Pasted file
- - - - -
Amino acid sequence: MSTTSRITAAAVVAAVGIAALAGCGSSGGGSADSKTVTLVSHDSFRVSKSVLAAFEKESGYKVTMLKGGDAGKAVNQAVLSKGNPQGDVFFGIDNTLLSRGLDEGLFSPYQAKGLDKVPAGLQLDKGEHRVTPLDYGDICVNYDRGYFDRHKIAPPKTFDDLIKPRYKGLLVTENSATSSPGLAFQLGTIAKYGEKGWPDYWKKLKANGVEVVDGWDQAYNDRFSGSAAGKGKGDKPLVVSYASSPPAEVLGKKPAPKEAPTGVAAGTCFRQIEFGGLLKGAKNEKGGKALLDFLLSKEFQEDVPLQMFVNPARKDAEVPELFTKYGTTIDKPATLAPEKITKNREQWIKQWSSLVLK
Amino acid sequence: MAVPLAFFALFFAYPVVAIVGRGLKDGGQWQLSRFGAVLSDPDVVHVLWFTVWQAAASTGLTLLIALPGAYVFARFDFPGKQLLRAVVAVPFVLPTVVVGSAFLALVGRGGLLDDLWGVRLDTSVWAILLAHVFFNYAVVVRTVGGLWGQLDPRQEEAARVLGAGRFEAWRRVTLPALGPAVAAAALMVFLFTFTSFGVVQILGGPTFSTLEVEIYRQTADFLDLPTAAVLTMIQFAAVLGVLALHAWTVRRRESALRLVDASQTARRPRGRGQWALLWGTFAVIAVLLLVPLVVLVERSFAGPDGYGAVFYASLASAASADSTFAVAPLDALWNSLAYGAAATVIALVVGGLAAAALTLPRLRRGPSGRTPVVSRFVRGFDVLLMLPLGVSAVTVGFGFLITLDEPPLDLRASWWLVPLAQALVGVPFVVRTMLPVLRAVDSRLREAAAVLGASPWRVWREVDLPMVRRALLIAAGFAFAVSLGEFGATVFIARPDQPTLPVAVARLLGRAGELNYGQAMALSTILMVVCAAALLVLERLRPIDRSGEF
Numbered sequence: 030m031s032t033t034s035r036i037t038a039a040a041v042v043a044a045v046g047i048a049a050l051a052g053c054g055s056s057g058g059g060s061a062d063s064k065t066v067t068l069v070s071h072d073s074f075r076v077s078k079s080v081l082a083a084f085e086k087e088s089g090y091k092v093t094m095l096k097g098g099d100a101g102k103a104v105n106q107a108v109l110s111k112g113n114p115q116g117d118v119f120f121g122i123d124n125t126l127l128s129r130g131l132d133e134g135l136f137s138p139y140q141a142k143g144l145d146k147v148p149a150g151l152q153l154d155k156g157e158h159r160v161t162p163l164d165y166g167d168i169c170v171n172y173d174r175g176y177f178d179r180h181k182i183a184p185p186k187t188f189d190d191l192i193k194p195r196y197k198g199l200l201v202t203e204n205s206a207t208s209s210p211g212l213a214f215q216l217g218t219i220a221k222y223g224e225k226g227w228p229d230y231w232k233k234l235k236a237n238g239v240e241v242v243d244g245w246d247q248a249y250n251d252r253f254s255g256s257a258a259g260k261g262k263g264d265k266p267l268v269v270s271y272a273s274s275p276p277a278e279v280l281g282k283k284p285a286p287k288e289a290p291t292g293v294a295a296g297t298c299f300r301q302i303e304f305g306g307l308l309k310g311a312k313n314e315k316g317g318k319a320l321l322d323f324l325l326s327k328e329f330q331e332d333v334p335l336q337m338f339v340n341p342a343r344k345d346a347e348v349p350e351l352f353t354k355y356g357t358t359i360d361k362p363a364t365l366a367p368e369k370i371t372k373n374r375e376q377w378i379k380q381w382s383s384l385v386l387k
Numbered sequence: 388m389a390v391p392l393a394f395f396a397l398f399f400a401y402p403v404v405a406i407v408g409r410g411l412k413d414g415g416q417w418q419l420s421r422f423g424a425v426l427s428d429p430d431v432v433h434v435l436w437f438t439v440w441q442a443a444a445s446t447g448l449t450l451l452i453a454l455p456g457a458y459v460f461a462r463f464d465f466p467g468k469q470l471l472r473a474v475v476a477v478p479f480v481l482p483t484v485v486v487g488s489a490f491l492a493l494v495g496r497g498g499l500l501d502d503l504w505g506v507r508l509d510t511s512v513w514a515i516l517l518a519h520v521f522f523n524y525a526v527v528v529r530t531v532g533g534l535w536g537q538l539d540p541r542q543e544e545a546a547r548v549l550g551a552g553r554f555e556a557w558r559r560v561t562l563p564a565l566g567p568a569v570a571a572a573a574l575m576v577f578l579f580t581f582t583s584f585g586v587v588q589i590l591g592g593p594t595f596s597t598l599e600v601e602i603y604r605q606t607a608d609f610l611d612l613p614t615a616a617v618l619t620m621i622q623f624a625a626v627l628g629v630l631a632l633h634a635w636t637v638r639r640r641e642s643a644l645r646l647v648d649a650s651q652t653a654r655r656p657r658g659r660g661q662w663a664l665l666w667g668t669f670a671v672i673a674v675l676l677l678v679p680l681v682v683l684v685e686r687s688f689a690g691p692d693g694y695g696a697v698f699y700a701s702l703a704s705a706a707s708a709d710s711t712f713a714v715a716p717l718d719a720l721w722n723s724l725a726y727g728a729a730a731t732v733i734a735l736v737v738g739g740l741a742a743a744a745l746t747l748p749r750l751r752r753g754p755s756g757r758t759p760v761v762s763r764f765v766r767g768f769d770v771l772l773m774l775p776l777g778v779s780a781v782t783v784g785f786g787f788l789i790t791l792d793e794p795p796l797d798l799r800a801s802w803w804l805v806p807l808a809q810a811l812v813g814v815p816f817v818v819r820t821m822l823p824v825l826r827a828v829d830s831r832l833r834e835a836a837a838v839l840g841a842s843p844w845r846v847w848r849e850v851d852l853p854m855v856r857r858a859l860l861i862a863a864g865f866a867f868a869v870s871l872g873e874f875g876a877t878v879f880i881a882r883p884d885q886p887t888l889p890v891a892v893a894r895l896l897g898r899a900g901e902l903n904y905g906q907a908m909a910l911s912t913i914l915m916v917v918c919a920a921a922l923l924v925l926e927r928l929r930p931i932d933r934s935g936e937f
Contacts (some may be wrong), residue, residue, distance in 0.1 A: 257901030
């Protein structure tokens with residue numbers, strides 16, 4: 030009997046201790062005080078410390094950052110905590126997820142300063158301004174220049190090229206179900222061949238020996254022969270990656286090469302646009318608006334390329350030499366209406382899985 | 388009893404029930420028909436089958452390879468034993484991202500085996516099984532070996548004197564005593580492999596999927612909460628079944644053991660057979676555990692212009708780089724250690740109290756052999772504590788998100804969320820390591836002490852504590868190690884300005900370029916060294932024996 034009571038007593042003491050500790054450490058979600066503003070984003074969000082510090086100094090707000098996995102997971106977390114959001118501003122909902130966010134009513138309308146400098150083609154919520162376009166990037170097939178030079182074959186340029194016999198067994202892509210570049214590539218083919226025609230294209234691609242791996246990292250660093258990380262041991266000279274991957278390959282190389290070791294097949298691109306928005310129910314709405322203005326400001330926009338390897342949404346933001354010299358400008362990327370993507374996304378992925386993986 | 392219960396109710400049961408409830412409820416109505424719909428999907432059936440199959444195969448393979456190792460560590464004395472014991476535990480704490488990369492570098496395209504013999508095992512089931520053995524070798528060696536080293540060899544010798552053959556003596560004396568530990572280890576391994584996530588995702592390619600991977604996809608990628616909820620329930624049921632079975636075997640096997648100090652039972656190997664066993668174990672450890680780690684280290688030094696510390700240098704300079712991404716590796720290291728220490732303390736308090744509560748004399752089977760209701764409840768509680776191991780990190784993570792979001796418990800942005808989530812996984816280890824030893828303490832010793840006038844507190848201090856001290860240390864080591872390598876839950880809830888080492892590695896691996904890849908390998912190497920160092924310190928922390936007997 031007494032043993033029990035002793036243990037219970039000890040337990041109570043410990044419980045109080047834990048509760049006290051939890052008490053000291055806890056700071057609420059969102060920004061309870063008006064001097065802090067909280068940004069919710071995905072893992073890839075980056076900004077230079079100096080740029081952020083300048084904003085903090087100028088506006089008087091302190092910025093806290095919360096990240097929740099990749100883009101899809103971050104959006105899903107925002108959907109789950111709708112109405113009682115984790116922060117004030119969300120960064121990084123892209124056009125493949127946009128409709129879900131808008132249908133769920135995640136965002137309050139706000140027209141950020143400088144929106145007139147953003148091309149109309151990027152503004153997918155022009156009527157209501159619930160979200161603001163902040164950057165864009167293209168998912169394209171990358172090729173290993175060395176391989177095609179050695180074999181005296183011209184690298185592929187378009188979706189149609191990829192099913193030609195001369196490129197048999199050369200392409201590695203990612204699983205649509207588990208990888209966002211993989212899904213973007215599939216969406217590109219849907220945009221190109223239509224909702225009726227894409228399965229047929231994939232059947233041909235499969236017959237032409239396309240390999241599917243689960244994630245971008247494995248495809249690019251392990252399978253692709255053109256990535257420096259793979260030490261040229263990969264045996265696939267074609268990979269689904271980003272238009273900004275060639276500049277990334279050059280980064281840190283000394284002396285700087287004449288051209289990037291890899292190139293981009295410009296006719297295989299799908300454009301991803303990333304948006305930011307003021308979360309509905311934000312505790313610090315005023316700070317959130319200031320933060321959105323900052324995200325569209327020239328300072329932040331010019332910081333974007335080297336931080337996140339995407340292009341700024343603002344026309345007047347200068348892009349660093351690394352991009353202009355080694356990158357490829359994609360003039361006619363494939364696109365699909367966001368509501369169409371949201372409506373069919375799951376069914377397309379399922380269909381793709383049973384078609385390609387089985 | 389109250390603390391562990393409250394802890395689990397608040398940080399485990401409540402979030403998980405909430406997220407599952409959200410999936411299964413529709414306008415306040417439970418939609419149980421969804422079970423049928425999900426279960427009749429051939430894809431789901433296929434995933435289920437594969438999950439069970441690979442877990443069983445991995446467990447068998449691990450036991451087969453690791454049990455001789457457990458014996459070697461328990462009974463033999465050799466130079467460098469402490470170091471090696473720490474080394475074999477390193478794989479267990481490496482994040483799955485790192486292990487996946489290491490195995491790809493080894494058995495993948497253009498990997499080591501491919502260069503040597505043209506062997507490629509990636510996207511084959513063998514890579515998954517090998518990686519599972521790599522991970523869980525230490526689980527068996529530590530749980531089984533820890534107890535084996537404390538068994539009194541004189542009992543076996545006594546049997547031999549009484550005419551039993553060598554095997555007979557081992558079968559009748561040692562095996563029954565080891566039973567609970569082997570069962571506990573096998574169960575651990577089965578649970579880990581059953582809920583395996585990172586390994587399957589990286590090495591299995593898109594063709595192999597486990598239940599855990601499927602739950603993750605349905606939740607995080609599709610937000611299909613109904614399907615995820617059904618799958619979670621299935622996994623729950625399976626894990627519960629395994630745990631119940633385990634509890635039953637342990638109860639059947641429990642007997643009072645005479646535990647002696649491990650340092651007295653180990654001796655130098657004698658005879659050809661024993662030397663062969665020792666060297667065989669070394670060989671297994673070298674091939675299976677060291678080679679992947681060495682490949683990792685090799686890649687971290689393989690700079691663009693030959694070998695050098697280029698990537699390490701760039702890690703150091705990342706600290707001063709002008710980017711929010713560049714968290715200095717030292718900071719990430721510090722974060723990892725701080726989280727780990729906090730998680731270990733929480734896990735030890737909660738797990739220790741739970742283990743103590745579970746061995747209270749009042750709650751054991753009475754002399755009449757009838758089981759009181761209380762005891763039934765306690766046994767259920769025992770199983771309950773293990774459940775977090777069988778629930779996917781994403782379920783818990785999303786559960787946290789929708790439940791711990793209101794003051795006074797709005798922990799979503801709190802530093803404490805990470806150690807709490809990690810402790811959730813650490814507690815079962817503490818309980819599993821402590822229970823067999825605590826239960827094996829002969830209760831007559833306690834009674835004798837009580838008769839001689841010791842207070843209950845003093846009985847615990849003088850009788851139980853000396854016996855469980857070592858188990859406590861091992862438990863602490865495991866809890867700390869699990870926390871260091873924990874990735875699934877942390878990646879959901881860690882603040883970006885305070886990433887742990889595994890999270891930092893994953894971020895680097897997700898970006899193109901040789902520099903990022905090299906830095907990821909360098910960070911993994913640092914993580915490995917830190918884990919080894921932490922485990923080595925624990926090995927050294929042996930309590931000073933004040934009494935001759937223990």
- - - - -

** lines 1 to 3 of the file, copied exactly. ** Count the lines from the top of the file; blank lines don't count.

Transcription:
Amino acid sequence: MSTTSRITAAAVVAAVGIAALAGCGSSGGGSADSKTVTLVSHDSFRVSKSVLAAFEKESGYKVTMLKGGDAGKAVNQAVLSKGNPQGDVFFGIDNTLLSRGLDEGLFSPYQAKGLDKVPAGLQLDKGEHRVTPLDYGDICVNYDRGYFDRHKIAPPKTFDDLIKPRYKGLLVTENSATSSPGLAFQLGTIAKYGEKGWPDYWKKLKANGVEVVDGWDQAYNDRFSGSAAGKGKGDKPLVVSYASSPPAEVLGKKPAPKEAPTGVAAGTCFRQIEFGGLLKGAKNEKGGKALLDFLLSKEFQEDVPLQMFVNPARKDAEVPELFTKYGTTIDKPATLAPEKITKNREQWIKQWSSLVLK
Amino acid sequence: MAVPLAFFALFFAYPVVAIVGRGLKDGGQWQLSRFGAVLSDPDVVHVLWFTVWQAAASTGLTLLIALPGAYVFARFDFPGKQLLRAVVAVPFVLPTVVVGSAFLALVGRGGLLDDLWGVRLDTSVWAILLAHVFFNYAVVVRTVGGLWGQLDPRQEEAARVLGAGRFEAWRRVTLPALGPAVAAAALMVFLFTFTSFGVVQILGGPTFSTLEVEIYRQTADFLDLPTAAVLTMIQFAAVLGVLALHAWTVRRRESALRLVDASQTARRPRGRGQWALLWGTFAVIAVLLLVPLVVLVERSFAGPDGYGAVFYASLASAASADSTFAVAPLDALWNSLAYGAAATVIALVVGGLAAAALTLPRLRRGPSGRTPVVSRFVRGFDVLLMLPLGVSAVTVGFGFLITLDEPPLDLRASWWLVPLAQALVGVPFVVRTMLPVLRAVDSRLREAAAVLGASPWRVWREVDLPMVRRALLIAAGFAFAVSLGEFGATVFIARPDQPTLPVAVARLLGRAGELNYGQAMALSTILMVVCAAALLVLERLRPIDRSGEF
Numbered sequence: 030m031s032t033t034s035r036i037t038a039a040a041v042v043a044a045v046g047i048a049a050l051a052g053c054g055s056s057g058g059g060s061a062d063s064k065t066v067t068l069v070s071h072d073s074f075r076v077s078k079s080v081l082a083a084f085e086k087e088s089g090y091k092v093t094m095l096k097g098g099d100a101g102k103a104v105n106q107a108v109l110s111k112g113n114p115q116g117d118v119f120f121g122i123d124n125t126l127l128s129r130g131l132d133e134g135l136f137s138p139y140q141a142k143g144l145d146k147v148p149a150g151l152q153l154d155k156g157e158h159r160v161t162p163l164d165y166g167d168i169c170v171n172y173d174r175g176y177f178d179r180h181k182i183a184p185p186k187t188f189d190d191l192i193k194p195r196y197k198g199l200l201v202t203e204n205s206a207t208s209s210p211g212l213a214f215q216l217g218t219i220a221k222y223g224e225k226g227w228p229d230y231w232k233k234l235k236a237n238g239v240e241v242v243d244g245w246d247q248a249y250n251d252r253f254s255g256s257a258a259g260k261g262k263g264d265k266p267l268v269v270s271y272a273s274s275p276p277a278e279v280l281g282k283k284p285a286p287k288e289a290p291t292g293v294a295a296g297t298c299f300r301q302i303e304f305g306g307l308l309k310g311a312k313n314e315k316g317g318k319a320l321l322d323f324l325l326s327k328e329f330q331e332d333v334p335l336q337m338f339v340n341p342a343r344k345d346a347e348v349p350e351l352f353t354k355y356g357t358t359i360d361k362p363a364t365l366a367p368e369k370i371t372k373n374r375e376q377w378i379k380q381w382s383s384l385v386l387k